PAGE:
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food / travel

This Soylent Isn't People, But Is It A Super Shake That Could Save The World?

A young American entrepreneur has created what appears to be a successful add-water-and-mix food he thinks could have many helpful applications around the globe. Others aren't so sure.

Rob Rhinehart pouring a nice glass of Soylent
Rob Rhinehart pouring a nice glass of Soylent
Leah Levin

The first signs appeared a little more than a year ago when Rob Rhinehart stopped washing his clothes. A few weeks earlier, he donated most of his personal belongings because he felt they were a burden he didn’t really need.

What remained were a laptop and some other technology equipment, a few basic hygiene products and two sets of clothes. And instead of washing them, he would store them in the fridge after realizing the low temperature kills the microorganisms responsible for the odor that we identify as unclean. It was simpler and cheaper than a washing machine.

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In Armenia, demonstraters gathered Wednesday night to protest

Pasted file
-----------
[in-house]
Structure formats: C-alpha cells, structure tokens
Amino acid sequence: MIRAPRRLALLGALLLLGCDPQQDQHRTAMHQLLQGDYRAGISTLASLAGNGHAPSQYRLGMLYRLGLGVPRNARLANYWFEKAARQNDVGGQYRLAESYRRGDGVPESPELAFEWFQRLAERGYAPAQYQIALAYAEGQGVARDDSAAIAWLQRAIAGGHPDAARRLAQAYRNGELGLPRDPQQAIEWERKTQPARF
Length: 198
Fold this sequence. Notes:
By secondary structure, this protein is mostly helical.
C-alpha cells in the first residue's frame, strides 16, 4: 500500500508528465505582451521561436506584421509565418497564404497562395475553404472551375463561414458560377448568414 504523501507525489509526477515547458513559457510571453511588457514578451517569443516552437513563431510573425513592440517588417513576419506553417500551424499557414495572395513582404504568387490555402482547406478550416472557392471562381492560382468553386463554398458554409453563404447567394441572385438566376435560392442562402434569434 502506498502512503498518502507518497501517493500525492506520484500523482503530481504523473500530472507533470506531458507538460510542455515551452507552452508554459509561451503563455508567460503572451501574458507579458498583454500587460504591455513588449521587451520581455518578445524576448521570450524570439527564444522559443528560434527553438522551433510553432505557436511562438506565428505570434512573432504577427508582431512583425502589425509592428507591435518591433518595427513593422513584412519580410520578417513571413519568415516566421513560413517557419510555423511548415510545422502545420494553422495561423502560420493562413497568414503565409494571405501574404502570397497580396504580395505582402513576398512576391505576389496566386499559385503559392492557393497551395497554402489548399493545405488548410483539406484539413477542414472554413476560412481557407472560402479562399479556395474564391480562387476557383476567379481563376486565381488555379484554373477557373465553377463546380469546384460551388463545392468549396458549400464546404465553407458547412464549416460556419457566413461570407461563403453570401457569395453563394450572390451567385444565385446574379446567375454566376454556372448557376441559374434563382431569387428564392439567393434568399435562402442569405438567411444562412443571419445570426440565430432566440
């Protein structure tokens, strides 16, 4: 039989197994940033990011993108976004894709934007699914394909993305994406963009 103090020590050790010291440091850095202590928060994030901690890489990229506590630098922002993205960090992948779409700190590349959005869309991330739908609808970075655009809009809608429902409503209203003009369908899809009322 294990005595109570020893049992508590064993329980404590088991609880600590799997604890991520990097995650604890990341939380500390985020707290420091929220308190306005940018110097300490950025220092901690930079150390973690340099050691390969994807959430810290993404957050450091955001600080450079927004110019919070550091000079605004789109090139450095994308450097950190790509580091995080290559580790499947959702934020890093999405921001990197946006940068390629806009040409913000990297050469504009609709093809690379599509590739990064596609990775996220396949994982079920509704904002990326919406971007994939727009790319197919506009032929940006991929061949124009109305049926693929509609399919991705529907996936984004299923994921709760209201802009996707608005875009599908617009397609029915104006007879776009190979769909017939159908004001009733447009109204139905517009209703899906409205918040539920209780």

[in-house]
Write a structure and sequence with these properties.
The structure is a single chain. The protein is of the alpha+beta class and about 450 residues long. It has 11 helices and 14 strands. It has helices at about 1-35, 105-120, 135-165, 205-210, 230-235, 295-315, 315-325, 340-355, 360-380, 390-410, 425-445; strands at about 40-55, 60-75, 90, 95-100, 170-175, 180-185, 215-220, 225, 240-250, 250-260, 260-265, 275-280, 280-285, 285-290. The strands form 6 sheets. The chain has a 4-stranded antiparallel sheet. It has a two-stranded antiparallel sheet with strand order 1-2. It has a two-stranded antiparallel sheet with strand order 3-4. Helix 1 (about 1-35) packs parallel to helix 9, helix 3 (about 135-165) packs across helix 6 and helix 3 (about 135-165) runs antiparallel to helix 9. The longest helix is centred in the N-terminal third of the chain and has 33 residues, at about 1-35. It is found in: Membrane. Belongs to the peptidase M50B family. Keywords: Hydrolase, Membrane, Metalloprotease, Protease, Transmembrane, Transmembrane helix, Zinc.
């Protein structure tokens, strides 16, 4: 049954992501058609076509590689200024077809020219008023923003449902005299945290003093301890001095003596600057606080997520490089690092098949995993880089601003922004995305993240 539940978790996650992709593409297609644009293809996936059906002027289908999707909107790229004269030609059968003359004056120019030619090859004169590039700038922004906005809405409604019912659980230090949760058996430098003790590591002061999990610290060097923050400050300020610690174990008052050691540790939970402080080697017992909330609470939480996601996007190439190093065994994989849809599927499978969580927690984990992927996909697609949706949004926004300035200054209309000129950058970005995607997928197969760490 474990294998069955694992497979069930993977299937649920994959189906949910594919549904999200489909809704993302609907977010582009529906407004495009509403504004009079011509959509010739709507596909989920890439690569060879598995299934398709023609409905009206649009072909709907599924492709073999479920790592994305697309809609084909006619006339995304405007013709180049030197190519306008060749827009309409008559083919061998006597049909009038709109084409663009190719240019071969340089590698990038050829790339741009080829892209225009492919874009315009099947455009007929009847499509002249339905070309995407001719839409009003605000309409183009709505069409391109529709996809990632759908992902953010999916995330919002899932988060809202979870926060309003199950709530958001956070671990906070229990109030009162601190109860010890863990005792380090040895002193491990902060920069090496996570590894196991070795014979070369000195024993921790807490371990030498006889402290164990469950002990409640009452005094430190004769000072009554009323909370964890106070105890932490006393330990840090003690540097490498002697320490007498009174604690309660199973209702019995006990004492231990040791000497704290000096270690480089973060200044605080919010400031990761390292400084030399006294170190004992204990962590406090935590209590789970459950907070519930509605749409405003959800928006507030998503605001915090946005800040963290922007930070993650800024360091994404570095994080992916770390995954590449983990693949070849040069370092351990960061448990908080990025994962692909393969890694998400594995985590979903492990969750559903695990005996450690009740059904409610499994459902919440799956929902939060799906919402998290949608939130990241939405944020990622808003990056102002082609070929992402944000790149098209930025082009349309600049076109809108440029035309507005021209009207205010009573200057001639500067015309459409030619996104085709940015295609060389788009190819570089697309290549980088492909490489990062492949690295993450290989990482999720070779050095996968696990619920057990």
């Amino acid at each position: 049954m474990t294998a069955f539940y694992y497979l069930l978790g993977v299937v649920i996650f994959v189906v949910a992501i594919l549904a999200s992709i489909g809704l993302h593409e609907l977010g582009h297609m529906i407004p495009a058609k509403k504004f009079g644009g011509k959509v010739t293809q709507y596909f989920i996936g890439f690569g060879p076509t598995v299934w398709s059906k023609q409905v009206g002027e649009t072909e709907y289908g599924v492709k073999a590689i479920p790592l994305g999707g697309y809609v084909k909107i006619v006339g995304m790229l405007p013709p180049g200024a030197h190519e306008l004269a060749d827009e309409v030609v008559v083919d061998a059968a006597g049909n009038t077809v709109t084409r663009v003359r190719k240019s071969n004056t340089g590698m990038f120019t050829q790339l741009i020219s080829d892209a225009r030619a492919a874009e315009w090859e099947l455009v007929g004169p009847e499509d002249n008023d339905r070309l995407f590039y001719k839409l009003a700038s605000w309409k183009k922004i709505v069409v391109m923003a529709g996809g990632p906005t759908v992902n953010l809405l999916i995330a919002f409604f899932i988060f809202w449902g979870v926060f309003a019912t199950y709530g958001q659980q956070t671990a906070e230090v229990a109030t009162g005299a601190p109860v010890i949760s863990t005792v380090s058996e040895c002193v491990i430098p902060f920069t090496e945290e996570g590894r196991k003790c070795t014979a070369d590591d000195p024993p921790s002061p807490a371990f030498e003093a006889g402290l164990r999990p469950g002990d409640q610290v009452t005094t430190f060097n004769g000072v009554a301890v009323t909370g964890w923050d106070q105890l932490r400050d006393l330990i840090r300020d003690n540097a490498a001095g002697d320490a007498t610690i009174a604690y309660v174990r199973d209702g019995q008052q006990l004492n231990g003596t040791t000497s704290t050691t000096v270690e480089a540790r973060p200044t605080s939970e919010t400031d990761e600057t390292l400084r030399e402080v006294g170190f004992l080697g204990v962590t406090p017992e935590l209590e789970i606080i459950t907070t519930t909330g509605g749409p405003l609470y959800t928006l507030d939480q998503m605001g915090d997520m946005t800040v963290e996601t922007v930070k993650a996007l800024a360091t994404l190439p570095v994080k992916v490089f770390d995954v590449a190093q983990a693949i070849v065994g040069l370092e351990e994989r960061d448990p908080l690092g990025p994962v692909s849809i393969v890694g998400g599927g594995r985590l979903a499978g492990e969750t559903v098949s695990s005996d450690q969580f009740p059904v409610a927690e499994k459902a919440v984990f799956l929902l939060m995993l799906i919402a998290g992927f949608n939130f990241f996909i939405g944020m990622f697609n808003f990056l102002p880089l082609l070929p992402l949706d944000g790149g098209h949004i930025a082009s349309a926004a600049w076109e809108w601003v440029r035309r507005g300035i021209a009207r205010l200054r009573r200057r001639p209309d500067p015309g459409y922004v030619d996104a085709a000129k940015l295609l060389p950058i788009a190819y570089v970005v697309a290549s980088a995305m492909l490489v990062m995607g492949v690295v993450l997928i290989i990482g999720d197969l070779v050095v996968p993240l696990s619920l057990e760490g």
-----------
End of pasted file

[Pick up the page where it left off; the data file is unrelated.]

Emma Albright and Meike Eijsberg

👋 Sannu!*

Welcome to Thursday, where Russian troops have unleashed an all-out assault on the strategic city of Severodonetsk, Ukraine’s president lashes out at Henry Kissinger for “Munich” stance and the writer of a notable “How to” essay is convicted of murder. We also look at how the plague of school shootings is not exclusive to the United States.

[*Hausa - Nigeria]

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Central to the tragic absurdity of this war is the question of language. Vladimir Putin has repeated that protecting ethnic Russians and the Russian-speaking populations of Ukraine was a driving motivation for his invasion.

Yet one month on, a quick look at the map shows that many of the worst-hit cities are those where Russian is the predominant language: Kharkiv, Odesa, Kherson.

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